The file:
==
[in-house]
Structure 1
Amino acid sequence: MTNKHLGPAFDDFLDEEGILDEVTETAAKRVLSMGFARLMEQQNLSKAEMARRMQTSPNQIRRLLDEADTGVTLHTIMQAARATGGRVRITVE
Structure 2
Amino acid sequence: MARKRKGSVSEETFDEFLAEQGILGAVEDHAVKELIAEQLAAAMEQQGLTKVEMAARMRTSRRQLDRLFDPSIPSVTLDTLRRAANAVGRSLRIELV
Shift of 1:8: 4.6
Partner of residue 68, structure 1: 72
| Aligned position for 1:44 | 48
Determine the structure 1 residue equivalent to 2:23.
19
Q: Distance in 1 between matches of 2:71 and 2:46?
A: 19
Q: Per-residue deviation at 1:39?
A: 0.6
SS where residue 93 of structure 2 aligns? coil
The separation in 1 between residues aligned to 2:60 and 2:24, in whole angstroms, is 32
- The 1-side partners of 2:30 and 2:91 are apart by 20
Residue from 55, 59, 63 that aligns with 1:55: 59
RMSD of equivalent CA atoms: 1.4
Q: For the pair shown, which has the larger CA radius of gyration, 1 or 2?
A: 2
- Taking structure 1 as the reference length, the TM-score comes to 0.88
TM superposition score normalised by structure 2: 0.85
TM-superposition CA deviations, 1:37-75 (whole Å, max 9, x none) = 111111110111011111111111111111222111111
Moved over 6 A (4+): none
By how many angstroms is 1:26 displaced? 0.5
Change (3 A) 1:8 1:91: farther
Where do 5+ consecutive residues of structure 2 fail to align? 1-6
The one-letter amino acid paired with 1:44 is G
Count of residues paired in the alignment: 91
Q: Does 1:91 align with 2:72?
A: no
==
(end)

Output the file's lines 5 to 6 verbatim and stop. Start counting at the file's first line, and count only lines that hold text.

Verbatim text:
Amino acid sequence: MARKRKGSVSEETFDEFLAEQGILGAVEDHAVKELIAEQLAAAMEQQGLTKVEMAARMRTSRRQLDRLFDPSIPSVTLDTLRRAANAVGRSLRIELV
Shift of 1:8: 4.6